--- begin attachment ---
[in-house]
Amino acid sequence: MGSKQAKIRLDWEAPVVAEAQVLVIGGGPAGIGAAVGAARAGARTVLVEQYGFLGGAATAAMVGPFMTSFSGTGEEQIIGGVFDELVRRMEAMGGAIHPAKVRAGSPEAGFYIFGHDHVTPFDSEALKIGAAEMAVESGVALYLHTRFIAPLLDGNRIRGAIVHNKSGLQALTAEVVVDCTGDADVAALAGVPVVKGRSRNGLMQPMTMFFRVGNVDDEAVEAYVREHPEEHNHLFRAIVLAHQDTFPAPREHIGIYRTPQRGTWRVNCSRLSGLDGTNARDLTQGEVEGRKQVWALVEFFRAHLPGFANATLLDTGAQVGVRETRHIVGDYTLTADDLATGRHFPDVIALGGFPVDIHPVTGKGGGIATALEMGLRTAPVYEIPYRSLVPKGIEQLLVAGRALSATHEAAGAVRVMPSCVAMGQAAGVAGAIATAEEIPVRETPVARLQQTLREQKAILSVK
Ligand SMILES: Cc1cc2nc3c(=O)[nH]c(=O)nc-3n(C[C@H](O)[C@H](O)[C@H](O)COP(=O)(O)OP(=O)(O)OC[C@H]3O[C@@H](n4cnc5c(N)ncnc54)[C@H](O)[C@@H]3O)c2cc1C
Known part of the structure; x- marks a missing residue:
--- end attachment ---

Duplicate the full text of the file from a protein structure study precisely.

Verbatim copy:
[in-house]
Amino acid sequence: MGSKQAKIRLDWEAPVVAEAQVLVIGGGPAGIGAAVGAARAGARTVLVEQYGFLGGAATAAMVGPFMTSFSGTGEEQIIGGVFDELVRRMEAMGGAIHPAKVRAGSPEAGFYIFGHDHVTPFDSEALKIGAAEMAVESGVALYLHTRFIAPLLDGNRIRGAIVHNKSGLQALTAEVVVDCTGDADVAALAGVPVVKGRSRNGLMQPMTMFFRVGNVDDEAVEAYVREHPEEHNHLFRAIVLAHQDTFPAPREHIGIYRTPQRGTWRVNCSRLSGLDGTNARDLTQGEVEGRKQVWALVEFFRAHLPGFANATLLDTGAQVGVRETRHIVGDYTLTADDLATGRHFPDVIALGGFPVDIHPVTGKGGGIATALEMGLRTAPVYEIPYRSLVPKGIEQLLVAGRALSATHEAAGAVRVMPSCVAMGQAAGVAGAIATAEEIPVRETPVARLQQTLREQKAILSVK
Ligand SMILES: Cc1cc2nc3c(=O)[nH]c(=O)nc-3n(C[C@H](O)[C@H](O)[C@H](O)COP(=O)(O)OP(=O)(O)OC[C@H]3O[C@@H](n4cnc5c(N)ncnc54)[C@H](O)[C@@H]3O)c2cc1C
Known part of the structure; x- marks a missing residue: